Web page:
The impact of flawed exhumations was even clearer at the al-Mahawil brick factory site, where some six hundred bodies were uncovered, according to local officials. Human Rights Watch researchers walked alone for more than an hour among the unidentified remains of more than one hundred persons left behind by the diggers in the rush to uncover the larger al-Mahawil site. Human remains were scattered everywhere, still deprived of a proper burial.9

    Crucial evidence of the crimes that led to the creation of these mass grave sites is also being lost in the absence of forensic assistance. Mass graves are usually crime scenes, and the forensic evidence gathered at the sites of mass graves can form an important component of future prosecutions – although other types of evidence such as eyewitness accounts and Iraqi state documents documenting the atrocities are equally important. A proper forensic investigation could have determined how the people in the mass grave had been killed and came to be buried, and could have assisted in the identification of the missing – establishing a crucial evidentiary link between the "disappeared" last seen alive in government custody and the manner of their death.

    VII. The Victims

    While many of those buried in the al-Mahawil mass graves remain unidentified, those remains that have been identified by relatives establish that the bodies are those of Iraqis arrested during the 1991 uprisings and killed in Iraqi government custody. Human Rights Watch conducted interviews with many of the relatives of the persons identified in the mass grave, making the crucial link between their disappearance in 1991 and the discovery of their remains in the al-Mahawil mass graves.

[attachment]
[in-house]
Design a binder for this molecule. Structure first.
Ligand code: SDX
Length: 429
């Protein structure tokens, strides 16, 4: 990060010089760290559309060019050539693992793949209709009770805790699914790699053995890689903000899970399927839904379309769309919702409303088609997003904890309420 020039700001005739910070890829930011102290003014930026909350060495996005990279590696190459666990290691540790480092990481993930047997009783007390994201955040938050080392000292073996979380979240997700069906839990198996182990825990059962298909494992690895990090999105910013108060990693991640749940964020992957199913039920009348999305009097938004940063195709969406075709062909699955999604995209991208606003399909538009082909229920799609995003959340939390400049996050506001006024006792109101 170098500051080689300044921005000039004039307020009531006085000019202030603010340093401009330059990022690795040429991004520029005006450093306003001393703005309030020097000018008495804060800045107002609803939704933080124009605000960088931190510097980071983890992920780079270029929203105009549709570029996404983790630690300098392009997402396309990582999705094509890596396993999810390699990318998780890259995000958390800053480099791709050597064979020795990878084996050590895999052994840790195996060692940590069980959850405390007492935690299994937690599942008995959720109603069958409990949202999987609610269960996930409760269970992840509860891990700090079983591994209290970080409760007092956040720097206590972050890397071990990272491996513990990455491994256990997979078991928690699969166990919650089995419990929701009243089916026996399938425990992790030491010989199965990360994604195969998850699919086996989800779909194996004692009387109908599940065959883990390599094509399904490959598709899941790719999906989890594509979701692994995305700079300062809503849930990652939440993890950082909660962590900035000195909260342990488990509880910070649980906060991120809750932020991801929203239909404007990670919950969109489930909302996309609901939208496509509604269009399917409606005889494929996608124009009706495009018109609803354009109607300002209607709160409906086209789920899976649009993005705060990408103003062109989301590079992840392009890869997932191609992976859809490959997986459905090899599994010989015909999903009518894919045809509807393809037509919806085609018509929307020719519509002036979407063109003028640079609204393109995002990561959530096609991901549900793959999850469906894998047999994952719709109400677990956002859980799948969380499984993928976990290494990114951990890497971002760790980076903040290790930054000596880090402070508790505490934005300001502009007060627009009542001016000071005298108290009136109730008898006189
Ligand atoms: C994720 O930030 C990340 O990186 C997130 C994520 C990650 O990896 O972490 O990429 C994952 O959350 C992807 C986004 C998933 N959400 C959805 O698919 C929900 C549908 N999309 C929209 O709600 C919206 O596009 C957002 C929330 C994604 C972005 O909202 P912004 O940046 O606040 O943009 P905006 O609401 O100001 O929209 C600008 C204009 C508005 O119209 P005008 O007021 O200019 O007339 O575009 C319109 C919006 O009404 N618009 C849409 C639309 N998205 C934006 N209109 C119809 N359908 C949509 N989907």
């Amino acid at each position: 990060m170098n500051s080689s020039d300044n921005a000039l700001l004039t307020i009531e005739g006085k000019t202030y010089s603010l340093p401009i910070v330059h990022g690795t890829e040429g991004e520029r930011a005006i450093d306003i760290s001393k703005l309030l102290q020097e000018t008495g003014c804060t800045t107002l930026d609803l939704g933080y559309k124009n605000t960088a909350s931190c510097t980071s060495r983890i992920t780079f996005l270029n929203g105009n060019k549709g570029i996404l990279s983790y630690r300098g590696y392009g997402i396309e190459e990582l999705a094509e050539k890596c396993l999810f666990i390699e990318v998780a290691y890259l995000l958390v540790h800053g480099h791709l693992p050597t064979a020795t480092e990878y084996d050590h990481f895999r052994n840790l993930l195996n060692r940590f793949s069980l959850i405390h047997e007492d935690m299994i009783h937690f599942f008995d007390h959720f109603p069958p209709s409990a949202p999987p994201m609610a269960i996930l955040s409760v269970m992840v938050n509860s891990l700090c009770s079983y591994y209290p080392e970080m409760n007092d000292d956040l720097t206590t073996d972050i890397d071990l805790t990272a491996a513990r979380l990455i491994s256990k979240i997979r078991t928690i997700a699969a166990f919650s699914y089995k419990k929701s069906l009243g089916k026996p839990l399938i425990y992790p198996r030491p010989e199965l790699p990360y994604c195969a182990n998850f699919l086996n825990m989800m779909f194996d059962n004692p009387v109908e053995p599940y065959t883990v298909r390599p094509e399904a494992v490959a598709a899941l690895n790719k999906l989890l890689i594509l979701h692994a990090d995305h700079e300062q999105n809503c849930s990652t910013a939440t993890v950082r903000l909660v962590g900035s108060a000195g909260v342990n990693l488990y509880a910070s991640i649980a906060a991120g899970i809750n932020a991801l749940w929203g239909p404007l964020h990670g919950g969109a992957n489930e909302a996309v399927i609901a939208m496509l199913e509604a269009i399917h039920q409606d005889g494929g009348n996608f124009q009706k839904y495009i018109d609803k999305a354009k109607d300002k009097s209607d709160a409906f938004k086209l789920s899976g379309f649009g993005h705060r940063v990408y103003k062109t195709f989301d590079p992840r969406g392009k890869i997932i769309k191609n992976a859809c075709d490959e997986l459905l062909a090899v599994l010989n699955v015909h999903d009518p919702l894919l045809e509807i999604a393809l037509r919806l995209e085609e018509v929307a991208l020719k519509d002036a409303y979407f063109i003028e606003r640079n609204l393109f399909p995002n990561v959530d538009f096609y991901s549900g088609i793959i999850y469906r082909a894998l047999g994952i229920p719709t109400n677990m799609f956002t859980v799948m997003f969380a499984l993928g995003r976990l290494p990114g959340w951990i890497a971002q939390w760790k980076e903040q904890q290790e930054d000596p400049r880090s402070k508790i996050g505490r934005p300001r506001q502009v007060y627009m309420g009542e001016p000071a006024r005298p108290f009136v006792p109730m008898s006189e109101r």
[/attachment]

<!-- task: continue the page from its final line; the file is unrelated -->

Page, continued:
Kamil Muhammad Dawud, a Baghdad lawyer aged seventy-four (all ages are given as of the time of their disappearance), and his son Khalid, a twenty-nine-year-old university student, drove down from Baghdad to al-Hilla around March 9 or 10, 1991, searching for Kamil's older son, then a soldier in the Iraqi army. While the older brother soon returned home, Kamil and Khalid disappeared. Their family found Kamil's half-looted car near the al-Mahawil army base sometime later, but received no indications as to their fate. On May 17, 2003, their bodies were identified by the family at the large al-Mahawil mass grave site, based on the father's watch and the son's identification document. The father was blindfolded, and both men had their hands bound.10